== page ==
Signpost (Weber, Utah), 2008-03-051
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Nursin f.K.CS double; whammy See pdge 4 m3 1 ' Wkber State University r 1 I TT TTTT 1 GNPOST n n n u n WSIGTOOG3 Marshall Thompson, an Iraqi war veteran, speaks about the ills of war at the Weber State University Wildcat Theater on Monday. The WSU Amnesty International chapter sponsored the event. By Jestina Clayton sr. news reporter I The Signpost Marshall Thompson, an Iraq War veteran who now calls himself a peace activist, told some 40 people in the Weber State University Wildcat Theater on Monday, March 3 that America should be held accountable for war crimes. Thompson's speech was the first in a series of events organized by the WSU chapter of Amnesty International as part of its "America I Believe in" week to emphasize the importance of honoring the human rights of all individuals. By Becky Rigby sr. news reporter I The Signpost It is elections time again for student leadership at Weber State, but once again there is a lack of candidates. Adrienne M. Gillespie, WSU Coordinator of Diversity and Student Programs, said she thinks many students do not apply for student government because they do not realize the value of their participation as well as the importance of their voice on campus. "Our students lead complicated lives that often involve work outside of the school environment in addition to family responsibilities," Gillespie said. "This leaves little time for homework and extracurricular activities." Student leaders are able to help develop and train v V r t While in Iraq, Thompson said he ran a newspaper for about 30,000 United States troops, geared toward community building. He said his commander often censored his articles. "It was hard to write an article and have my commander cut stuff out," Thompson said, "mainly because the troops knew what happened to them. Stuff like that leads to loss of credibility and cheapens the sacrifice of the troops." Thompson said he believes the Iraq War is "fundamentally wrong." He said Americans need to discuss why the war is wrong, or the country will repeat the others on their committees. Cody Jones is a graduate intern for the Department of Student Involvement and Leadership and was the WSU Student Body President in 2004 "I also think a big challenge we face in getting students to run," Jones said, "is simply getting the word out that these positions are available and also the advantages of being a student officer. "Some of the biggest benefits I gained were a lot of great friendships and a lot of good contacts both here at Weber and from the community. I gained crucial leadership, communication, marketing and organization skills. I learned much about lobbying, how WSU functions, See Election page 5 iiy outgo sksilowuil PHUIU BY BKICE KELSLH I Ht SKMFUI S same mistake. "We should have learned from Vietnam," Thompson said. Thompson also said America should be held responsible for war crimes because the Iraq War is a war of aggression. "A war is justified if you're attacked first no preemptive strikes," Thompson said. Thompson said it is about time America should consider withdrawing from Iraq and allow the Iraqis to govern themselves. "We really need a plan for responsible troop withdrawal," Thompson said. "The Pentagon doesn't currently have one." He said the United States Discussion Leader orrnon group Outsiders want affirmation By Kellen McAffee sr. news reporter I The Signpost The Utah support group Affirmation: Gay and Lesbian Mormons requested a meeting with Latter-day Saint Church President Thomas S. Monson in a February letter to the LDS church. The letter called for better relations and counseling for "members who are homosexual." Duane Jennings, president of the Utah chapter of "Affirmation," said the letter was an "olive branch." Jennings said he does not expect to actually meet with Monson. Affirmation was started in 1977 and has chapters throughout the country and worldwide. "We have engaged every president since our inception and haven't received a response yet," Jennings said. "We've gotten support from church social services for many years. "... Homosexuals need a place that is family-centered. Many Affirmation members are in monogamous relationships with children either adopted or from previous marriages. People just want to be part of the religious lifestyle they grew up with." Former soldier says Iraq war is wrong could start by withdrawing some of its troops and observe the level of violence. Depending on how well the Iraqis are governing and protecting themselves, Thompson said America could eventually withdraw most, if not all of its troops. Ann Western, a WSU senior, said she agreed with Thompson that withdrawal from Iraq is the logical approach. "We've accomplished our mission," Western said. "It's time we left." Western said that although withdrawal should be methodical, she believes the time is right for America to allow Iraqis to step up and take care of themselves. In addition, Thompson said Iraq could benefit from "A war is justified if you're attacked first no preemptive strikes." Marshall Thompson, activist federalism, such as what America practices. He said Iraq could be divided along tribal lines wherein each region would govern itself but would also be subject to a central government. Thompson said America should rely less on its military and more on building friendly relations with other countries because that would allow Washington to subtly and efficiently make changes in the international community. Thompson said that because he ended his contract with the Army Reserve, he has been working to increase the awareness of Americans, particularly young people, about the Iraq War and offer some possible solutions to ending the conflict. of gaylesbian In part, the letter was sent to open dialogue, because according to Jennings, many of Affirmation's members have strong ties to religion. "When people get estranged from their church and their families," Jennings said, "sometimes it destroys them." Samantha Hyde, Weber State University Gay Straight Alliance (GSA) Vice president said she doesn't think the group will have any luck meeting with Monson, but that "every stand counts." Hyde agreed with Jennings. She said it's easier to be gay at WSU then other Universities in the state. "At BYU students can't even have a Gay Straight Alliance," Jennings said, "otherwise they can be expelled from school." Hyde said she knows some, but not many, people at WSU who were raised Mormon and are openly gay. WSU theater graduate Brett Palmer described himself as "queer." Palmer grew up in an LDS family who struggled with his lifestyle. He now works with Cirque de Soleil in Las Vegas, an entertainment empire based in Quebec that puts on such shows as "Zumanity" and "O." "More than anything my "He is not just a critic speaking from a different lifestyle," said Nancy Haanstad of the WSU Political Science Department who is also the adviser for the WSU chapter of Amnesty International. "He served his country. "Even if we disagree, the question remains what next? Should we create a permanent base or withdraw?" Ryan Jessen, co-chair of the WSU chapter of Amnesty International, said the "America I Believe in" week is geared toward helping students voice what they think America should be. "It's time for students to say what they think America should be," Jessen said, "and stand up for their America." Thompson said the United States was created on several "major beliefs," such as "we believe that all men are created equal." He said the founding fathers of America didn't fully grasp the meaning of such a statement because they still had slaves and did not grant civil rights to women. However, he said America has continued to make progress. Thompson said a year and a half ago he marched across Utah to protest the Iraq War. He said his walk across Utah was made into a documentary, which will be shown in the Wildcat Theater this Saturday, March 8 at 4 p.m. Comment on this story at wsusignpost.com. speaks SOUKCb: AI-HKMAIKJN.OKG Duane Jennings family didn't want things to be difficult for me," Palmer said. In response to Affirmation's letter, Palmer said, "It comes down to fundamental beliefs. They could work for more tolerance, but no matter what we're less human. Organized religion in general gives justification for prejudice." Palmer said he wouldn't want to continue a relationship with an organization that doesn't approve of him. "On the other hand," Palmer said, "being raised Mormon, it is part of who I am." Rachel Cox, a WSU student who said she is "straight and Mormon," said, "Everything See Affirm page 5 liens in Brief Brain awareness during snring break WSU students in the psychology department will join the Society for Neuroscience to celebrate "Brain Awareness" during Spring Break. Starting March 10 through the 16, volunteer students from WSU will visit junior high schools and elementary schools along the greater Salt Lake area to educate children about how their brains and nervous systems function. Kimberlee Taylor, who is one of the volunteer students from the psychology department, said her team would also be working in concert with students from the University of Utah to teach children about how to keep their brains healthy. Taylor said volunteers would show graphics about the human brain and dissect the brain of a sheep to demonstrate the similarities that exist between the brains of humans and other animals. Further, Taylor said they will also have a model of the human eye to help explain its functions. "We will also be talking about optical illusions," Taylor said, "which are also very fun." WSU employees win awards Weber State University professor and chair ofWSU's Department of Health Science Marie Kctter, as well as John Knight, recently retired executive director of student life, are the recipients of the WSU Alumni Association's 2008 H. Aldous Dixon Awards. Both began teaching at WSU 35 years ago and both have made outstanding contributions to students, faculty and staff. They will be honored at a luncheon on March 18 at noon in the Shepherd Union Ballroom. The H. Aldous Dixon Awards, named in memory of the former Weber College president, have been presented by the WSU Alumni Association annually since 1970. The award is given to faculty and staff members who have gone above and beyond the call of duty to support students and to demonstrate careers of excellence. Dixon was president of Weber College from 1919 to 1920, and 1937 to 1953. Drill alarms visiters, students Afire alarm on Monday at the Union Building caused a massive evacuation. The building was host to the Utah History Fair, which featured hundreds of elementary school children. The alarm interrupted some presentations, and forced the participants and staff to leave, along with hundreds of WSU students, during peek lunch hours. The cause of the alarm was believed to be smoke from the kitchen, which reached a detector. After about ten minutes the building was reopened.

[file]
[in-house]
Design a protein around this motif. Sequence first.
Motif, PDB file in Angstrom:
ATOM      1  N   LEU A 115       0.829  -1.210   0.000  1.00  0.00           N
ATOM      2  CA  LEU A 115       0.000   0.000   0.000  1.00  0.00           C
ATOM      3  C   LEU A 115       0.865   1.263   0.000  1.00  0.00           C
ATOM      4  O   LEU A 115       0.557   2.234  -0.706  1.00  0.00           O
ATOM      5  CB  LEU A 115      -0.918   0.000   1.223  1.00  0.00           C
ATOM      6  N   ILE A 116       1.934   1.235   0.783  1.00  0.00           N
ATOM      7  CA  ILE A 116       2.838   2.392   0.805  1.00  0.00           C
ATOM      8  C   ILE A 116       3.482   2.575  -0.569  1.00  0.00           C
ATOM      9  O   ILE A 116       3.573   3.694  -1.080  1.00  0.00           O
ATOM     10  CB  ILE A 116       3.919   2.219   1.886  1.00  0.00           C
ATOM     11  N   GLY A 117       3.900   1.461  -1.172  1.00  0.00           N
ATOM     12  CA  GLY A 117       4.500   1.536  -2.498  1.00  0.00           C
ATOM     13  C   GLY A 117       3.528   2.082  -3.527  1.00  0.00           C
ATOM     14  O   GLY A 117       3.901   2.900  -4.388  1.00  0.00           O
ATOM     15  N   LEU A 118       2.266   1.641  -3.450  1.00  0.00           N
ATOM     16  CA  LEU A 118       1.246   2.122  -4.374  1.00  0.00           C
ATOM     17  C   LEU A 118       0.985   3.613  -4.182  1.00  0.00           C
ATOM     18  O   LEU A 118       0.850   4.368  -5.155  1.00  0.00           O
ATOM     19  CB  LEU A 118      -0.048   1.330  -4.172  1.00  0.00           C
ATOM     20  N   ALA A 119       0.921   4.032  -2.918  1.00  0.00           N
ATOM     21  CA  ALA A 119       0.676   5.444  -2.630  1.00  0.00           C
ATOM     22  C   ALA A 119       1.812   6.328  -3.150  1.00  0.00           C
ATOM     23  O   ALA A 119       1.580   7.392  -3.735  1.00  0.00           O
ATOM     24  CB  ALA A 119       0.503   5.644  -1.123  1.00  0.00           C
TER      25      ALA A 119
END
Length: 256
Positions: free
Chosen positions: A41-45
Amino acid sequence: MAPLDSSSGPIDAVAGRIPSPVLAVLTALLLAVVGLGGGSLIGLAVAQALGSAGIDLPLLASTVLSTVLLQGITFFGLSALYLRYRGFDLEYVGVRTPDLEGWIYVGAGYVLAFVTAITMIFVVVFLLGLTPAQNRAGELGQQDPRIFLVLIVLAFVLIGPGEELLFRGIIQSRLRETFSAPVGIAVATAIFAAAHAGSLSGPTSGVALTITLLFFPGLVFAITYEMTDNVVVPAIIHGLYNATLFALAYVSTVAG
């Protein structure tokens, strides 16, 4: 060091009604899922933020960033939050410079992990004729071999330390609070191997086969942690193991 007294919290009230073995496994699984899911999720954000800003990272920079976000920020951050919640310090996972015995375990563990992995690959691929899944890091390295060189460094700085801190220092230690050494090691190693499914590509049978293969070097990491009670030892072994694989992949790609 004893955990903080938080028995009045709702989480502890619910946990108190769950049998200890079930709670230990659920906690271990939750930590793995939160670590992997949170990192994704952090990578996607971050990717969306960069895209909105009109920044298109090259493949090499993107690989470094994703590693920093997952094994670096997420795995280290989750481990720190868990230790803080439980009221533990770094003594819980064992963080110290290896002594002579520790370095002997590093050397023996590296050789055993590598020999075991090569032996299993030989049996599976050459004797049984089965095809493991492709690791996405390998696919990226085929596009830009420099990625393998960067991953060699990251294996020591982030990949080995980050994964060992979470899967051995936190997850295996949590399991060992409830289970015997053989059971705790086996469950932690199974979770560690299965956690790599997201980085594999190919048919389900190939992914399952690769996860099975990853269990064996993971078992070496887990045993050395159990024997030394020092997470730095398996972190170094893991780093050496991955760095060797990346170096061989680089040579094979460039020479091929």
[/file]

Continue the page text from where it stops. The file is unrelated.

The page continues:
|Title||Signpost (Weber, Utah), 2008-03-05, Vol. 78, No. 71|
|Creator||Weber State University|
|Contributors||Associated Students of Weber State University; A generous grant from the Utah State Library and the Institute of Museum and Library Services.|
|Description||Weber's current student newspaper, the Signpost, first appeared on September 29, 1937. For two years prior to that time, campus news was disseminated via announcements posted on a bulletin board known as the "Signpost". As a result, the masthead of the first issue of the paper itself featured a rudimentary wooden sign with the title spelled out in rustic-looking letters. Over the years the paper has been published continuously, though the look, size and style has changed several times.|
|Subject||College student newspapers and periodicals; Weber State University|
|Publisher Digital||Stewart Library, Weber State University|
|Source||University Archives LD5893.W55 S5, Stewart Library, Weber State University|
|Rights Management||Public Domain. Courtesy of University Archives, Stewart Library, Weber State University.|